In Arizona, while a controversial immigration bill was gutted by the Supreme Court, a contentious policy still allows local police to stop vehicles and ask for documentation of residency.
So far no Republicans have signed on to the legislation and many conservative policy experts have argued that Congress may be overstepping its bounds in addressing an issue that is as multifaceted as how police patrol their local communities.
Roger Clegg, president of the Center for Equal Opportunity, has said in the past he was skeptical about attempts to legislate appropriate behavior under these circumstances, and cautioned against a "one-size-fits-all" approach.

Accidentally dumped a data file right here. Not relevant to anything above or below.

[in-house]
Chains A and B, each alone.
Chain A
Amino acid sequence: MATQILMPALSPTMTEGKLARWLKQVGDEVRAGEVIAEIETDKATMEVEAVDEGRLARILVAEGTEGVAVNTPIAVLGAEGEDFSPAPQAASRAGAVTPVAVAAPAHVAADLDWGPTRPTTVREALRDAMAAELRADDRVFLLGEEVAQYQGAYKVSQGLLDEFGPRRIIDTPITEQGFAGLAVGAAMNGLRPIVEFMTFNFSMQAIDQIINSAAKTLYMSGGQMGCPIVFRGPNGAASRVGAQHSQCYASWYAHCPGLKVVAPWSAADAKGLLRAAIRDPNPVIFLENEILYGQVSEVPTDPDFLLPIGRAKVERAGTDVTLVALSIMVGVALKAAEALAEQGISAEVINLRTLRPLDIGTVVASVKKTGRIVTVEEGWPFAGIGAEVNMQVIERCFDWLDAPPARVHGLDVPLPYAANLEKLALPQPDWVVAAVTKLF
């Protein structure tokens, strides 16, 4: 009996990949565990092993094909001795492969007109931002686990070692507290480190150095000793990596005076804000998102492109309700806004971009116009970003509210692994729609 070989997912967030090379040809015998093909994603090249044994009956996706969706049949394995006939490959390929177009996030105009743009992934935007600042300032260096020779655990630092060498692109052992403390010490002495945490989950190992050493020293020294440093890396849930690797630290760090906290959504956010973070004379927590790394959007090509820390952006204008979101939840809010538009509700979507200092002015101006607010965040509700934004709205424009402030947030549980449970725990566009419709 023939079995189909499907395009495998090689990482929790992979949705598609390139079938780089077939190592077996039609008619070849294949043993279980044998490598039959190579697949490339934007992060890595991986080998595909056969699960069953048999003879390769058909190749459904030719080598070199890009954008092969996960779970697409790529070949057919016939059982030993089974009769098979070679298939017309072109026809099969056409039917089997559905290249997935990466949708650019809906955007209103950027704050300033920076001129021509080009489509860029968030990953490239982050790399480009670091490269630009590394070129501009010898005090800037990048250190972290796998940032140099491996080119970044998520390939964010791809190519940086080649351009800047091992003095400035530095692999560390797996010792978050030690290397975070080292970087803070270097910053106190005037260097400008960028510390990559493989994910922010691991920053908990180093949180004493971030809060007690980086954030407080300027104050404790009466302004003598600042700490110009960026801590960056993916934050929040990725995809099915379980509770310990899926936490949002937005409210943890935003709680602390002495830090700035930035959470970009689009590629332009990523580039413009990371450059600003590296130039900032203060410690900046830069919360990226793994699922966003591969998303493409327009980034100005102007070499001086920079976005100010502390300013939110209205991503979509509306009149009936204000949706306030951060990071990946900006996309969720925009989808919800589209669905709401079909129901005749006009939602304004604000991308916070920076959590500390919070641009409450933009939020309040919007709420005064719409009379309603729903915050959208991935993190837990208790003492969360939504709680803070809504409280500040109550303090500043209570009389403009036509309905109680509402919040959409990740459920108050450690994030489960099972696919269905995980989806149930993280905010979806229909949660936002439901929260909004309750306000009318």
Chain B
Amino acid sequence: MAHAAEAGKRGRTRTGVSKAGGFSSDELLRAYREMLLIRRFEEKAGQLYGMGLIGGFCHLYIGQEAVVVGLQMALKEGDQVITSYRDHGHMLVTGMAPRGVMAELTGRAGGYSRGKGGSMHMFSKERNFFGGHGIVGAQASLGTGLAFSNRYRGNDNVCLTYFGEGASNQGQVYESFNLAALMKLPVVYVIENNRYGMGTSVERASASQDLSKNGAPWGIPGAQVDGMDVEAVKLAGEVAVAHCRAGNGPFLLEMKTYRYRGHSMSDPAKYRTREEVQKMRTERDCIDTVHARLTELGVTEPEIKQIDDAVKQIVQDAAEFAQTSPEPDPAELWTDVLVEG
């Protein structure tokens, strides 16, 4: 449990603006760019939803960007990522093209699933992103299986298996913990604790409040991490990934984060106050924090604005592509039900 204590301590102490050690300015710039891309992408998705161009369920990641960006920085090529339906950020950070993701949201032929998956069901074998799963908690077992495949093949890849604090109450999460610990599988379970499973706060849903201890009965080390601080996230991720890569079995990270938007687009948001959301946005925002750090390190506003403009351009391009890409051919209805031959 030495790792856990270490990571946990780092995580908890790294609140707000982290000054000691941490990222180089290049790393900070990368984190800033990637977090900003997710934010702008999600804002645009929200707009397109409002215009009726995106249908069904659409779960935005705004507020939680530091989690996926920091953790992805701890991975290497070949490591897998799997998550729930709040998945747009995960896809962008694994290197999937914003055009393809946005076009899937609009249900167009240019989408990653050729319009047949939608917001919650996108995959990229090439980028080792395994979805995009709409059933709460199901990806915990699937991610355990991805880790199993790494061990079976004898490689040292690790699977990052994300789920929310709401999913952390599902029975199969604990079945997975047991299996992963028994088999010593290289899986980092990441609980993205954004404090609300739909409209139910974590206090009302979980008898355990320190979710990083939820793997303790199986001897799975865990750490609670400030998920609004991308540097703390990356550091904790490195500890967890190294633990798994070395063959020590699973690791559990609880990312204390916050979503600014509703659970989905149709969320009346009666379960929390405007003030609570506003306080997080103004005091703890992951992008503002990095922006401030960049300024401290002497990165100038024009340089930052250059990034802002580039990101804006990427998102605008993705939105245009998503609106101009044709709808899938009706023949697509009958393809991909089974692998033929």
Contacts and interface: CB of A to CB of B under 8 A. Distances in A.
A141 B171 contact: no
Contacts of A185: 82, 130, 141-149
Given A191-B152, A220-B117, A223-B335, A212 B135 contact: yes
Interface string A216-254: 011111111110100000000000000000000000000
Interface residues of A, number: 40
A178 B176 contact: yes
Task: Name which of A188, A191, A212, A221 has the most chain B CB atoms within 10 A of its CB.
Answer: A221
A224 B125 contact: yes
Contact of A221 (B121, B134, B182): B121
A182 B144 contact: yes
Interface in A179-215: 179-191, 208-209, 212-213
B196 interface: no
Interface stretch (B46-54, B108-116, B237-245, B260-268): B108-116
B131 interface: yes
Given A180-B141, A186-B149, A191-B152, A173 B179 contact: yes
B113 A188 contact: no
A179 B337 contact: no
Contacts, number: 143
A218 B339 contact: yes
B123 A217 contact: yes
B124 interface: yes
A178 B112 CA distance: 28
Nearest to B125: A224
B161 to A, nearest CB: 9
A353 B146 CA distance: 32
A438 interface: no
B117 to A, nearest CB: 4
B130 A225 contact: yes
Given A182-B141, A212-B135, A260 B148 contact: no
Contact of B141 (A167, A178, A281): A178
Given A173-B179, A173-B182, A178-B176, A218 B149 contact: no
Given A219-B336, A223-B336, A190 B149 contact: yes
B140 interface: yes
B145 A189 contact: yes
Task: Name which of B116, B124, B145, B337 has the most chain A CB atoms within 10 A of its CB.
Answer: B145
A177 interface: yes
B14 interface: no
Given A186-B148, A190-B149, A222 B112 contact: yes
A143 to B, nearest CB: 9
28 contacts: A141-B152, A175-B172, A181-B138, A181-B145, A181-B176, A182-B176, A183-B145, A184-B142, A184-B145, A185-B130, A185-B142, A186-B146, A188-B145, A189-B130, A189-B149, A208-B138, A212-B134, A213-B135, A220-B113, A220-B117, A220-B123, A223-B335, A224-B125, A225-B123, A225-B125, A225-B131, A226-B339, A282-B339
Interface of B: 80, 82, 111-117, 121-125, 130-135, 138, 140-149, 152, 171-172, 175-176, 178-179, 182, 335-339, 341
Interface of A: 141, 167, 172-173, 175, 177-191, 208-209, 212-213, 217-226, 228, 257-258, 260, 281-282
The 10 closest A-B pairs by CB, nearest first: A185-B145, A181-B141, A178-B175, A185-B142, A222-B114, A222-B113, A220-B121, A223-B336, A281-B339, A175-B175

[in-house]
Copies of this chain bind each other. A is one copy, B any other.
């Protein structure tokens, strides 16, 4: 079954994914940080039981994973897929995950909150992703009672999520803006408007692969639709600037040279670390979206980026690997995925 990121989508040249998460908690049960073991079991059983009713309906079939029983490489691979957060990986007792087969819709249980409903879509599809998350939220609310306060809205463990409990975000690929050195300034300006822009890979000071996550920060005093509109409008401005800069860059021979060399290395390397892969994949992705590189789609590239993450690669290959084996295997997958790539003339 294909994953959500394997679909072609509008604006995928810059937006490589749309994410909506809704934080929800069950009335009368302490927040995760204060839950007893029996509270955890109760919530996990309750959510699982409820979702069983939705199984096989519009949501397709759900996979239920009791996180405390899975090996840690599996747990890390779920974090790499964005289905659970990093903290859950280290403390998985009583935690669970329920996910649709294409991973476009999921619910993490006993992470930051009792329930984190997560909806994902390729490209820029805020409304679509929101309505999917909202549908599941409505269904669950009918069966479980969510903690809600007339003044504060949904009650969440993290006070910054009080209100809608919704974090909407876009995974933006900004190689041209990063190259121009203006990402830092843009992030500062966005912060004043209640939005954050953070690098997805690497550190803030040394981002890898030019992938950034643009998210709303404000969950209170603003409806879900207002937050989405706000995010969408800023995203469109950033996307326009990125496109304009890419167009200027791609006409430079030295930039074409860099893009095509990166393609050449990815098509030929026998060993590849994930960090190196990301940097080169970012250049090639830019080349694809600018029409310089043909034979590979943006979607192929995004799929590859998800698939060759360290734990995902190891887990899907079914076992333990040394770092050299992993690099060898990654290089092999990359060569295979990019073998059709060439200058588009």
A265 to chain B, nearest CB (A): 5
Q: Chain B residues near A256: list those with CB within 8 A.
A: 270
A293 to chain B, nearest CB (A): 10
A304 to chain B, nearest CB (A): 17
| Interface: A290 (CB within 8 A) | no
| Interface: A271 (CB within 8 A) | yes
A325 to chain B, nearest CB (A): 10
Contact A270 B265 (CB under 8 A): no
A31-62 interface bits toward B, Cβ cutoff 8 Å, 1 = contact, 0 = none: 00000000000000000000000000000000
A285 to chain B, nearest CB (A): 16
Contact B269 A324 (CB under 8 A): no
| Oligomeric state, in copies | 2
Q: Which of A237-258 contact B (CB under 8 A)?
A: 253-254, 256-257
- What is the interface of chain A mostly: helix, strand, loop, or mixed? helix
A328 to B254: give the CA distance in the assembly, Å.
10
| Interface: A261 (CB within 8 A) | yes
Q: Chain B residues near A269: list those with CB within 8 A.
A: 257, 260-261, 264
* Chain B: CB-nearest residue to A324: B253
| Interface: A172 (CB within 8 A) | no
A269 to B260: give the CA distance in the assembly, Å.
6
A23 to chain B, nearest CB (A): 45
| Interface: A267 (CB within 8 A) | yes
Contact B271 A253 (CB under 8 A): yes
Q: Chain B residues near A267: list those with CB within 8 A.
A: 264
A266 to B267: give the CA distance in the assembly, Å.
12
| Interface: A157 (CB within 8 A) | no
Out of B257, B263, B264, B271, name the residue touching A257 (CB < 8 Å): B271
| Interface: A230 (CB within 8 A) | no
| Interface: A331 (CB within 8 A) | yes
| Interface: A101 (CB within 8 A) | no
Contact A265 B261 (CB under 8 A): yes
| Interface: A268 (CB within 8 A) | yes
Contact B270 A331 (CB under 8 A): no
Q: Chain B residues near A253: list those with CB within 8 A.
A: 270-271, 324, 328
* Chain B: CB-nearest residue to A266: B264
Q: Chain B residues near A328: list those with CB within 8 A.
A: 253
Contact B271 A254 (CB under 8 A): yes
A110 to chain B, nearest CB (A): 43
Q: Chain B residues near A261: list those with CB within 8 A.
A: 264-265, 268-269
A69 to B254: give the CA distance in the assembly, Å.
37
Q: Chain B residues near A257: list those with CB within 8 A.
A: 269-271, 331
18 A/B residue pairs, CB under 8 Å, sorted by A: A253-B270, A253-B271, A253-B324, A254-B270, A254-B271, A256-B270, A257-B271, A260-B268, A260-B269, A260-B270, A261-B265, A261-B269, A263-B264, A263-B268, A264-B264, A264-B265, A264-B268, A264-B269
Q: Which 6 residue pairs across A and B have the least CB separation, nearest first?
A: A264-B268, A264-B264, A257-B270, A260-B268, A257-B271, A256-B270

And while opposed to racial profiling, on Tuesday he told U.S. News using the Trayvon Martin case to push for the legislation is a political mistake.
"I think that it is being pushed now is political posturing," Clegg says. " I think that whatever one thinks of what happened in the Trayvon Martin and George Zimmerman case this bill does not address it because law enforcement agents were not involved in the racial profiling if there was any racial profiling."
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